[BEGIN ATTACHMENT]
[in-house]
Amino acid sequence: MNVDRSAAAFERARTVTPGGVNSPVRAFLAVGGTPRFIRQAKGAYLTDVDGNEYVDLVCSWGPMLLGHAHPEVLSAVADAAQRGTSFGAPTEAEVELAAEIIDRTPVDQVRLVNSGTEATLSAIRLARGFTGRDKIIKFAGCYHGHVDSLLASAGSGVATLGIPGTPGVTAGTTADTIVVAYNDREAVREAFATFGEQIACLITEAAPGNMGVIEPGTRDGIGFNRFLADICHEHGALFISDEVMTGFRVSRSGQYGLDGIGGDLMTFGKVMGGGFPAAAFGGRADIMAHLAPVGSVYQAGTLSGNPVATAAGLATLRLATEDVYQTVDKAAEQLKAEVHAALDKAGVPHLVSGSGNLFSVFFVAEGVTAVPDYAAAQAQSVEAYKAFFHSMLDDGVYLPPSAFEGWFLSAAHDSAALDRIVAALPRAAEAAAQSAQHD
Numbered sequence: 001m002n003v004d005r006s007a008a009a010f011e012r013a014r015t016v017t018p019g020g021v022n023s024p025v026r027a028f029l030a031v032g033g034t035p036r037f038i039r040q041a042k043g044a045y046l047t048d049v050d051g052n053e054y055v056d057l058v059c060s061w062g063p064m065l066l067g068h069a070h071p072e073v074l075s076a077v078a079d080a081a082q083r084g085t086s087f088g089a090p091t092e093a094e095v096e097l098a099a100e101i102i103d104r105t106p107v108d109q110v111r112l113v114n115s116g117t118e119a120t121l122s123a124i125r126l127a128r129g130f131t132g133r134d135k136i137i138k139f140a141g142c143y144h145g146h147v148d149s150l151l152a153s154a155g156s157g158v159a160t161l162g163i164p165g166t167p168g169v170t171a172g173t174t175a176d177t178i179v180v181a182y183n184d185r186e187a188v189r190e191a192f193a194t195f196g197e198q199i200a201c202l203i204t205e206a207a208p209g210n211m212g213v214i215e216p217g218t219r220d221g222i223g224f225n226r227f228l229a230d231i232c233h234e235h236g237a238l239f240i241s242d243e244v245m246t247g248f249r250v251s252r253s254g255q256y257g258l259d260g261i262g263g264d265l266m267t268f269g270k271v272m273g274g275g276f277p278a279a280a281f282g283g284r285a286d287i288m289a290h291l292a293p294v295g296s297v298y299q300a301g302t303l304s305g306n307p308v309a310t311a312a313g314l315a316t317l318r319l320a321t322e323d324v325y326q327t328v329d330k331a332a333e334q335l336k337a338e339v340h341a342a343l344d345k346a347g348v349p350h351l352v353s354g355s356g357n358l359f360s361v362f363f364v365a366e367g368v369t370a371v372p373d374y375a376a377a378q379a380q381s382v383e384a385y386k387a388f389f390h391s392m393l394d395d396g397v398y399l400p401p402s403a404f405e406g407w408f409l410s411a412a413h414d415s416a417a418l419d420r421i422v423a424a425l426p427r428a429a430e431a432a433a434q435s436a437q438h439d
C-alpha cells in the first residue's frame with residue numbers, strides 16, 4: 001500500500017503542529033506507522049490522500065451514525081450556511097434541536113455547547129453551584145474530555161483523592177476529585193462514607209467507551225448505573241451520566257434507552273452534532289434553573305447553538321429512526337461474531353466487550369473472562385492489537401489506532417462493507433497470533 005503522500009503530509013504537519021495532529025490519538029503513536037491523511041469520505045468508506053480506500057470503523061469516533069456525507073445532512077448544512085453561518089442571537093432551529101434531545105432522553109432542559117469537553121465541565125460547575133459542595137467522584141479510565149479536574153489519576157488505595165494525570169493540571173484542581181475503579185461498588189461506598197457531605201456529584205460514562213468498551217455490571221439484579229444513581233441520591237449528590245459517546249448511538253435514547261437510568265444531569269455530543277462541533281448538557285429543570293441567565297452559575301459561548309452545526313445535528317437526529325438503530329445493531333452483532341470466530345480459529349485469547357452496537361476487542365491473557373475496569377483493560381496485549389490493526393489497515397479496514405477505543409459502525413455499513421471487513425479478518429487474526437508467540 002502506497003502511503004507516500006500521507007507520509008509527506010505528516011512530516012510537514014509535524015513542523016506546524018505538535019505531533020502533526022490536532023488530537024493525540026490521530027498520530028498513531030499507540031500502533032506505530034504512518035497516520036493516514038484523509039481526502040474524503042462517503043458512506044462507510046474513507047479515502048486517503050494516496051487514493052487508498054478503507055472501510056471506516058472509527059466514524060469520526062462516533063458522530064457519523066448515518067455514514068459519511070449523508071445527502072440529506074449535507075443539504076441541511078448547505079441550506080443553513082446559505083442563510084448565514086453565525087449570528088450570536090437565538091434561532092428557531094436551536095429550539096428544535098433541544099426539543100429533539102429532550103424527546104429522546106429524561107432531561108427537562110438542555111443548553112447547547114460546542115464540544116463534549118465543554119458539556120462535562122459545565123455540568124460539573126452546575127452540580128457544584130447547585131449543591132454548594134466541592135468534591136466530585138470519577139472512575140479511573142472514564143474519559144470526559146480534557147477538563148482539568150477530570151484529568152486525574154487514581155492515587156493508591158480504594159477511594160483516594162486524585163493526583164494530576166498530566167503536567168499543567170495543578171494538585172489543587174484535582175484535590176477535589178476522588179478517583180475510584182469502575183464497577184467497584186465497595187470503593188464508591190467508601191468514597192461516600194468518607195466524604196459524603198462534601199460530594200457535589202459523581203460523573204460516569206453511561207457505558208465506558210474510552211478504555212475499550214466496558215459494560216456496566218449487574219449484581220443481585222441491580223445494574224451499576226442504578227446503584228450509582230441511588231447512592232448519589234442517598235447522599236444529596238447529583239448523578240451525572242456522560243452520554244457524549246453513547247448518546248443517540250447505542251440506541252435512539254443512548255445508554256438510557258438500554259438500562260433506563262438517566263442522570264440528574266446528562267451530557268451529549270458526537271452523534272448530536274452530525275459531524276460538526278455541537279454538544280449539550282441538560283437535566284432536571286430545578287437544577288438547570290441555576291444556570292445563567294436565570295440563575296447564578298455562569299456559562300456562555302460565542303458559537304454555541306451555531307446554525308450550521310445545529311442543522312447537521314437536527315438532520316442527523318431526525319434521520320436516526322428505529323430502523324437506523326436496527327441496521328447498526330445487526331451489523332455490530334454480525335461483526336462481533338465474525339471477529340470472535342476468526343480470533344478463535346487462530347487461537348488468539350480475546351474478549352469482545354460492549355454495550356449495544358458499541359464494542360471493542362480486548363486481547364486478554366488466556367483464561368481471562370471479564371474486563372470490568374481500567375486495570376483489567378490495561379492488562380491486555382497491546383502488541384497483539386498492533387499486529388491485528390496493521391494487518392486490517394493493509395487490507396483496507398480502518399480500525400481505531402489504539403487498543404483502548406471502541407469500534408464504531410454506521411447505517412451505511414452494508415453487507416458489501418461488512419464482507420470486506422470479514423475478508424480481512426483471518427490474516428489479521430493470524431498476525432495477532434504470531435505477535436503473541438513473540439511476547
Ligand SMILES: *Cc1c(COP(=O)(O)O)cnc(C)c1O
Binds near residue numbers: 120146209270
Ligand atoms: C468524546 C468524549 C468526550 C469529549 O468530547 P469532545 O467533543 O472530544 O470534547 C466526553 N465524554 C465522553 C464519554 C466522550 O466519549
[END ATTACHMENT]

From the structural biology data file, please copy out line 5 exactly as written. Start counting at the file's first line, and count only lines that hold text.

Ligand SMILES: *Cc1c(COP(=O)(O)O)cnc(C)c1O